A U.S. appeals court reinstated Saudi Arabia as a defendant Thursday in lawsuits claiming it had provided support to al-Qaeda prior to the Sept. 11, 2001 terrorist attacks.
A three-judge panel of the 2nd U.S. Circuit Court of Appeals said restoring Saudi Arabia was necessary to be consistent with a ruling by a different 2nd Circuit panel that allowed another lawsuit to go forward in which a man sued Afghanistan and other defendants for the death of his wife in the attacks.
The 2nd Circuit and a lower court had previously ruled that Saudi Arabia was protected by sovereign immunity, which generally means that foreign countries can't be sued in American courts.
But in its latest ruling, the 2nd Circuit said a legal exception existed that would allow Saudi Arabia to remain as a defendant, just as Afghanistan remained in the similar case.
An attorney representing Saudi Arabia said the panel's decision is "contrary to settled law" and will only result in a lower court throwing the case out for other reasons, citing the dismissal of identical allegations against other Saudi government agencies that the 2nd Circuit itself already upheld.
"It is extremely unfortunate and burdensome that a sovereign nation and ally of the United States will continue to have to litigate this matter more than 10 years after it was filed," said attorney Michael Kellogg.
The lawsuits were brought in 2002 and afterward against countries, companies and organizations accused of aiding al-Qaeda and other terrorist groups. They sought billions of dollars in damages.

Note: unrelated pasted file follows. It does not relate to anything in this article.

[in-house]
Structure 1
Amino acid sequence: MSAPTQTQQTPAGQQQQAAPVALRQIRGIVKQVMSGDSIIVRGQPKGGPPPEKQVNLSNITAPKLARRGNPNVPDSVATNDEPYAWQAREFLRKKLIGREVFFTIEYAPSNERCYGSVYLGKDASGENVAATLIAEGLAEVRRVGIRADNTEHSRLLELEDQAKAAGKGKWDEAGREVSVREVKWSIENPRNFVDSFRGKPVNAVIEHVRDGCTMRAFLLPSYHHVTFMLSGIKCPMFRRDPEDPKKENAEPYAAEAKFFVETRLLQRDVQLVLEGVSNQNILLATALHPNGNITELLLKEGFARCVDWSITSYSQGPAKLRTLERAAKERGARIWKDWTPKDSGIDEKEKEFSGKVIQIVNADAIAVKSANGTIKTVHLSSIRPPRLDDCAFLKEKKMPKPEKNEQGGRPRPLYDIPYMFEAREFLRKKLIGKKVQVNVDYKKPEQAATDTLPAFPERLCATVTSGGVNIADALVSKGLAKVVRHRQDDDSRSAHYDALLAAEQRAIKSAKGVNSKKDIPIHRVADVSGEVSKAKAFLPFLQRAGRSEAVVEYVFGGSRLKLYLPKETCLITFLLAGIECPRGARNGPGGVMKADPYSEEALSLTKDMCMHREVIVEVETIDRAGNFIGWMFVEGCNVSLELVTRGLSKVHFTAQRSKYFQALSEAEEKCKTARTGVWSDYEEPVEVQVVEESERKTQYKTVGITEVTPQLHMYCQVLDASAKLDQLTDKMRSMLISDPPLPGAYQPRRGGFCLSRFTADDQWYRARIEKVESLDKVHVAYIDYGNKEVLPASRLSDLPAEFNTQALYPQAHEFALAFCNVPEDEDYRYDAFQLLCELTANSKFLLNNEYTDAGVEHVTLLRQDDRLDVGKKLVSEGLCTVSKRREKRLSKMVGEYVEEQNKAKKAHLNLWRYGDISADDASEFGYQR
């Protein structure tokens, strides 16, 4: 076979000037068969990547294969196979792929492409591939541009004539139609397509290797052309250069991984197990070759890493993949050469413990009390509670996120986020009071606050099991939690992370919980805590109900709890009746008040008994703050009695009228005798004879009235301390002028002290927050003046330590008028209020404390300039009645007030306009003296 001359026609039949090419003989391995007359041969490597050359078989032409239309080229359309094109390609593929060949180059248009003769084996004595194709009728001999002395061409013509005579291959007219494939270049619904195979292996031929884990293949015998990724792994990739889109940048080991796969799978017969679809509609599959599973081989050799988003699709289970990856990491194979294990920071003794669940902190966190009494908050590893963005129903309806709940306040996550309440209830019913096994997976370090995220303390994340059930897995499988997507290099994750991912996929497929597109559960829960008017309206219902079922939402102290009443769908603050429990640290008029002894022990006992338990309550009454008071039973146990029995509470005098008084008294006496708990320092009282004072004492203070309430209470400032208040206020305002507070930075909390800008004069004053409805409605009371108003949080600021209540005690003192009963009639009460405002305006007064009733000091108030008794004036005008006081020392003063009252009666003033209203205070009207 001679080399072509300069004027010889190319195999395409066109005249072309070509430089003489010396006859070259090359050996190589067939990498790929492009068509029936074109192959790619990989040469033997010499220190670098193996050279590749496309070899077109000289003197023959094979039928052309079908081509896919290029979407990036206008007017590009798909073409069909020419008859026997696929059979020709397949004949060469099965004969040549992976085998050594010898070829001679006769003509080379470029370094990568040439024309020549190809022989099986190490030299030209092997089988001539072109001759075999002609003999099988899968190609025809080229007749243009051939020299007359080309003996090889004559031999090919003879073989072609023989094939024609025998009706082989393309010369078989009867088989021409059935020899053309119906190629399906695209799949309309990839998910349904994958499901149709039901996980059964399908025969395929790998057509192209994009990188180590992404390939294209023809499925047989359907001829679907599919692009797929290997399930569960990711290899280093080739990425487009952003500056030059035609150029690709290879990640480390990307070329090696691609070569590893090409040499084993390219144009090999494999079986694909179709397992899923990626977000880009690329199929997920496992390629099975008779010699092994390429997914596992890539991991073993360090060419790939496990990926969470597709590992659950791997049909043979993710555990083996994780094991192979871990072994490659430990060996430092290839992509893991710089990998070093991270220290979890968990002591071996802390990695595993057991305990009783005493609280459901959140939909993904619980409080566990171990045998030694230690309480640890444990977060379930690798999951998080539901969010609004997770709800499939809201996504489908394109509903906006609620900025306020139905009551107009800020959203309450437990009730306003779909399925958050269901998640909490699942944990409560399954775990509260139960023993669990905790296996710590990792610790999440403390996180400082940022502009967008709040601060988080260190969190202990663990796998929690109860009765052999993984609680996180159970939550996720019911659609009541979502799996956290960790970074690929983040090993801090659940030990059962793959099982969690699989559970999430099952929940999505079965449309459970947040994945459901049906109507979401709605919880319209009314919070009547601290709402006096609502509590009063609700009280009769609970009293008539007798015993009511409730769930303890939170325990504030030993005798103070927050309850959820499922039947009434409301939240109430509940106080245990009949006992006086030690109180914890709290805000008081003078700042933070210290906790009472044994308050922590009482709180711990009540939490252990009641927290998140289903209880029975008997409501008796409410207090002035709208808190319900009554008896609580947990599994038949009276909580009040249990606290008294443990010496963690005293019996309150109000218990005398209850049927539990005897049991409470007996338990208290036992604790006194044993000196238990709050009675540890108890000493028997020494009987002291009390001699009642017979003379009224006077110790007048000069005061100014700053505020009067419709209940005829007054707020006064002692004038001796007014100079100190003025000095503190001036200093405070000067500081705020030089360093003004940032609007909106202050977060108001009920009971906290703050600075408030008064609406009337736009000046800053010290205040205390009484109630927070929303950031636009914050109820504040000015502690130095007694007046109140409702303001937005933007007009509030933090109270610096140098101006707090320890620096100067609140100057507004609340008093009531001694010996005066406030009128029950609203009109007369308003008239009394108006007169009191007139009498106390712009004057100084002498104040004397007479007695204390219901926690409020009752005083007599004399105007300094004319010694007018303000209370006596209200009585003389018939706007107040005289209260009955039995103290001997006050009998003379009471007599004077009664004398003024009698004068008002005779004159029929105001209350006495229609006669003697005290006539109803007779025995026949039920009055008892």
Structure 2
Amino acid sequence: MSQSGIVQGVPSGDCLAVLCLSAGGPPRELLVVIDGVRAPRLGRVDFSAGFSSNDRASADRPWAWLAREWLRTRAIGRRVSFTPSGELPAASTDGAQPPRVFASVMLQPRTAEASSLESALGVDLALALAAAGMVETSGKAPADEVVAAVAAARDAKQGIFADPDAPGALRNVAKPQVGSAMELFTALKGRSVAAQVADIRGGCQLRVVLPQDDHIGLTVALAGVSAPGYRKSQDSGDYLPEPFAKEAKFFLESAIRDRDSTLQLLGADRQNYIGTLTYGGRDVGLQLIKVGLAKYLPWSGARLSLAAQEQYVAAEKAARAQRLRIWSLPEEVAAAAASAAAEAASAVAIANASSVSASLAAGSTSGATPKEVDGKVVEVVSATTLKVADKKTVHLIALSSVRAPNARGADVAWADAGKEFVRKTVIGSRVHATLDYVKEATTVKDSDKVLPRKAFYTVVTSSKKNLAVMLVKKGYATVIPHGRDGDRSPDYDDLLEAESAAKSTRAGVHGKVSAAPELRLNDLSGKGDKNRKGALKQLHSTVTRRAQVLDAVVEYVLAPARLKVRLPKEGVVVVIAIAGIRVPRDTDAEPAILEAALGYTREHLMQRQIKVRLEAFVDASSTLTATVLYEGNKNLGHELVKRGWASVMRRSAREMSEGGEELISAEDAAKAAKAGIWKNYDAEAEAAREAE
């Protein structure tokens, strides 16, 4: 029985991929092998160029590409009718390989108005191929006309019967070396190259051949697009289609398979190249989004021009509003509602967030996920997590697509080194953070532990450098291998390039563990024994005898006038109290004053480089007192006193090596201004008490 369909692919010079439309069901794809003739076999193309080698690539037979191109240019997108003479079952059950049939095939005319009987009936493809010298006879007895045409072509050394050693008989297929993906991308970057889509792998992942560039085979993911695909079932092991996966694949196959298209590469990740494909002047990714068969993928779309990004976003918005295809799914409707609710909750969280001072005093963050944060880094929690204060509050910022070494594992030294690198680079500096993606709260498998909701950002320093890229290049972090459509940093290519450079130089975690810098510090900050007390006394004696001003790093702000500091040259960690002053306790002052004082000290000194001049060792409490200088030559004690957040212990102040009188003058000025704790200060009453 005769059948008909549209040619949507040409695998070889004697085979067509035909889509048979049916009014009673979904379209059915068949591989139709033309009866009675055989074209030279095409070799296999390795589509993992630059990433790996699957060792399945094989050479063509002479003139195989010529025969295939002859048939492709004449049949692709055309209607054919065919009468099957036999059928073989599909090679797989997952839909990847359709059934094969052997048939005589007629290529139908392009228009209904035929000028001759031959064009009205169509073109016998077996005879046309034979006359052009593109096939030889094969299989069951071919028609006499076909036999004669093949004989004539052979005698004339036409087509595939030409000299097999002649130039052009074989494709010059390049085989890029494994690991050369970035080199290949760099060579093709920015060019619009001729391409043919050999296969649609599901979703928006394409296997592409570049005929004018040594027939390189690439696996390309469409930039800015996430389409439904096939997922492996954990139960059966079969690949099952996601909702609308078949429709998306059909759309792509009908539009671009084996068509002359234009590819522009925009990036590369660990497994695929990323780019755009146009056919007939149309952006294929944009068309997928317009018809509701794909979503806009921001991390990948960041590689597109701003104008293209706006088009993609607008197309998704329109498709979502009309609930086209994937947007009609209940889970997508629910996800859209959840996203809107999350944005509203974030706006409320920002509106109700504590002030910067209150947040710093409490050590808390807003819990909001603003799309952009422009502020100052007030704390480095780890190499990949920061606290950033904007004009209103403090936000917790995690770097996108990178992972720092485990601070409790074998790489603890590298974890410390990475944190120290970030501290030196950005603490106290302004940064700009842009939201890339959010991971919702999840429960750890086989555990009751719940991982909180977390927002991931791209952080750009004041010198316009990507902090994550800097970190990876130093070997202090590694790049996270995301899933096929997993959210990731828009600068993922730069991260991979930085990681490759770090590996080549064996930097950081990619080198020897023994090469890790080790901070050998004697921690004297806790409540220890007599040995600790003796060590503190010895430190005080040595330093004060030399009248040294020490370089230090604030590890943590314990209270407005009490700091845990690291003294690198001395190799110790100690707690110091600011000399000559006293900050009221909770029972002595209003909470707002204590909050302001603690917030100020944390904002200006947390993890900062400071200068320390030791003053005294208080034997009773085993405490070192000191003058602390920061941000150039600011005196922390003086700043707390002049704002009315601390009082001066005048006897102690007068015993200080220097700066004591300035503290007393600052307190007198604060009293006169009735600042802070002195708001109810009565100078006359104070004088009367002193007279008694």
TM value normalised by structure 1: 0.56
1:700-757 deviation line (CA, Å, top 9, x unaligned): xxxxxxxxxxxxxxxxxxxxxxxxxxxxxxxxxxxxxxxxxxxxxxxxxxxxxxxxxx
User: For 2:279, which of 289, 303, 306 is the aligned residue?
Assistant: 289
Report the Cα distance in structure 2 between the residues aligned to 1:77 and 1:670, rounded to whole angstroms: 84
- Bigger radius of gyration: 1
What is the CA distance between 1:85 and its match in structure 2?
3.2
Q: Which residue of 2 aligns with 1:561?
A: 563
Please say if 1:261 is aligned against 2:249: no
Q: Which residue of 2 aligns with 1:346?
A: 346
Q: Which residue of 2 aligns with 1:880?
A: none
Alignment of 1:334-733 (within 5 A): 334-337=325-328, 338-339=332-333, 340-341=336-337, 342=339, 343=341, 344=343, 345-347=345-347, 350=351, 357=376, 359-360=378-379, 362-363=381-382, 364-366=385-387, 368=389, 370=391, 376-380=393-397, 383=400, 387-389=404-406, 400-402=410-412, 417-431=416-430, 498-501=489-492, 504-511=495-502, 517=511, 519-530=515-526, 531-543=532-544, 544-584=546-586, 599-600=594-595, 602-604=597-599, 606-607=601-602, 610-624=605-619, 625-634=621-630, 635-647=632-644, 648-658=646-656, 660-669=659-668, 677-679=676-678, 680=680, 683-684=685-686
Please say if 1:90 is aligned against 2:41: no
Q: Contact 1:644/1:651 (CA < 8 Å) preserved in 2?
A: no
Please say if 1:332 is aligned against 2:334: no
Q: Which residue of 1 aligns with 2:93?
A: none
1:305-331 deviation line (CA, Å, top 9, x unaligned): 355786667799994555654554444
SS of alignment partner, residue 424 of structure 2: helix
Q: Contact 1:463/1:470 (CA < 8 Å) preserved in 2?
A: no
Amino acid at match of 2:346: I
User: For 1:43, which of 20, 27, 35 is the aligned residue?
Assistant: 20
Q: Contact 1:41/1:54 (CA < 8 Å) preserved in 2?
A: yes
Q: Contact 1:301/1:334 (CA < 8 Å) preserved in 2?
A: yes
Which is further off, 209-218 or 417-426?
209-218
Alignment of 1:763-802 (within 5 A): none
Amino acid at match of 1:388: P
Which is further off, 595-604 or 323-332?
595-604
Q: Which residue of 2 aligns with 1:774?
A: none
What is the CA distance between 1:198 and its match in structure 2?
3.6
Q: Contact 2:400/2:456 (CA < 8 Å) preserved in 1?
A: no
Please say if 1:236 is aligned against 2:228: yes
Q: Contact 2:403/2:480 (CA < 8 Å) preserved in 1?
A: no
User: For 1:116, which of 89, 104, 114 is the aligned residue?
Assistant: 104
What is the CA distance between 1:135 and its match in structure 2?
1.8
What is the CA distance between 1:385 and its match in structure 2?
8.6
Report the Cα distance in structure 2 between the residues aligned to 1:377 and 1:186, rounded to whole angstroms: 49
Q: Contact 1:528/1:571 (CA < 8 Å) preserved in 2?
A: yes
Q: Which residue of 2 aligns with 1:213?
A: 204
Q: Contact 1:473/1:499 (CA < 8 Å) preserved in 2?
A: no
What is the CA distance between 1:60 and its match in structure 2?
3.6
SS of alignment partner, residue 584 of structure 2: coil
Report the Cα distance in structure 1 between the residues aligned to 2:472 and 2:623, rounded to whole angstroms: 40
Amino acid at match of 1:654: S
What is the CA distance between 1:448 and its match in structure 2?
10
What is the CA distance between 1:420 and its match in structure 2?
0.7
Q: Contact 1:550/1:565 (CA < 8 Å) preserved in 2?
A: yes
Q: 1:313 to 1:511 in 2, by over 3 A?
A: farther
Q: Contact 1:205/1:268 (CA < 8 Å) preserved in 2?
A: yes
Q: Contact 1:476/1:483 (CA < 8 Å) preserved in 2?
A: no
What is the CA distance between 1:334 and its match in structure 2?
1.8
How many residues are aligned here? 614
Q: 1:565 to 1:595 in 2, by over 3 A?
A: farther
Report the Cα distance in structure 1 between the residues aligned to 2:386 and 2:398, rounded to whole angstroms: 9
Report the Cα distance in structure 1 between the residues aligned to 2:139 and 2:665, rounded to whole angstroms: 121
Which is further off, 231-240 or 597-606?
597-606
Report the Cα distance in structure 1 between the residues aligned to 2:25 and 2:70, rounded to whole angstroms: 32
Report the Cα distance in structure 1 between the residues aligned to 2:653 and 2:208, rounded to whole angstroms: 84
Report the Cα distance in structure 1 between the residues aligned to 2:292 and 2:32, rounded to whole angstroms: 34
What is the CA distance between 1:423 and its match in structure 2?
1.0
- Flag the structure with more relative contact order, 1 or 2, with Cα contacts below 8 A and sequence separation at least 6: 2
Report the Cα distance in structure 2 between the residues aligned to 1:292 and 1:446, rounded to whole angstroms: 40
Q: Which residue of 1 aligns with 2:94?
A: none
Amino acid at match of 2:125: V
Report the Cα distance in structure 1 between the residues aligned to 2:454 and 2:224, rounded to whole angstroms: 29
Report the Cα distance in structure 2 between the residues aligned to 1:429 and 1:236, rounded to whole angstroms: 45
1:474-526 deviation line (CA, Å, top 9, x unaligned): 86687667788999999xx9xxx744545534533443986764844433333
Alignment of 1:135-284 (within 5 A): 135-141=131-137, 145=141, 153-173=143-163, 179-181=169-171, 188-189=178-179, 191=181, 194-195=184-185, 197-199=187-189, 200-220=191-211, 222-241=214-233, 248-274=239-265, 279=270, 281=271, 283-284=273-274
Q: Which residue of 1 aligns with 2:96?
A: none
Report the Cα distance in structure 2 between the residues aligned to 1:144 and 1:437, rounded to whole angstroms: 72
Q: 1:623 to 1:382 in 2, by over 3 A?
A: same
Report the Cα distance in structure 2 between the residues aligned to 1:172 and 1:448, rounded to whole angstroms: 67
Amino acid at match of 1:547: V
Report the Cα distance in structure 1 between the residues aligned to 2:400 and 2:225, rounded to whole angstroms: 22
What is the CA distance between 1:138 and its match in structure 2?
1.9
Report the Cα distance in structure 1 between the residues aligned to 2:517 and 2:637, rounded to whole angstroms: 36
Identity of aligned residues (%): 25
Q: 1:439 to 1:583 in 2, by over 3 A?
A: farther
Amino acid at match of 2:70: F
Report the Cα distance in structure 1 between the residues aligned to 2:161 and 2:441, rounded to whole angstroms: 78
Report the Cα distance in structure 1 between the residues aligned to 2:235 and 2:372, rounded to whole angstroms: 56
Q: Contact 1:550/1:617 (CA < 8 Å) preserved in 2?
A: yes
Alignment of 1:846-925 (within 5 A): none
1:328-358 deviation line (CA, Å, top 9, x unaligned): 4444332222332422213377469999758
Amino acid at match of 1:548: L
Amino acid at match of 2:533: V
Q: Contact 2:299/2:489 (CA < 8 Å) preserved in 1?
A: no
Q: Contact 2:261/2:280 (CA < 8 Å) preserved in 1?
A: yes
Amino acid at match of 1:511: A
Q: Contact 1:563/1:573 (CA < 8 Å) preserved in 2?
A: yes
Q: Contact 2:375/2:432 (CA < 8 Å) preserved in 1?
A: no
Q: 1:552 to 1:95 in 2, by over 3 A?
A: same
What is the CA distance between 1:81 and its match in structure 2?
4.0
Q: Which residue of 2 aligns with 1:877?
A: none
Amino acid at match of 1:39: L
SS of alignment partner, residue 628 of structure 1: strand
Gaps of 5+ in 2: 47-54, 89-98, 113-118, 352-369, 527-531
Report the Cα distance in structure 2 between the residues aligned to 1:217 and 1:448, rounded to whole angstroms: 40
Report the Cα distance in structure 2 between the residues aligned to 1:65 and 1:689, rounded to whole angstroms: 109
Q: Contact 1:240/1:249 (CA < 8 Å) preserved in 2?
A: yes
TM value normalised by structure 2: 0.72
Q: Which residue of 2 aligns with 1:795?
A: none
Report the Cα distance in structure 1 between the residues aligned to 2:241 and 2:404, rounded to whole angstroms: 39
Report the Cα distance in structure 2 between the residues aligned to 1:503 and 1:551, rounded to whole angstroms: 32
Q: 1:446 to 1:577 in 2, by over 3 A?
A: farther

In the lawsuits, lawyers argued that the Sept. 11, 2001 attacks had been planned for years by a network of Islamic militants with the assistance of banks, governments and individuals.
Lawyers in the Sept. 11 cases have frequently cited the report by the Sept. 11 Commission. Lawyers for the plaintiffs have said the commission supported their argument that Saudi Arabia had long been considered the primary source of al-Qaeda funding while lawyers for Saudi Arabia have argued that the commission found no evidence that the Saudi government as an institution or senior Saudi officials individually funded al-Qaida.
Kellogg said the panel's decision has nothing to do with the merits of the plaintiffs' claims.
"The government of Saudi Arabia has long asserted, and the United States 9/11 Commission has found, that those allegations are categorically false," Kellogg said.
Lawyers for the plaintiffs did not immediately return messages for comment.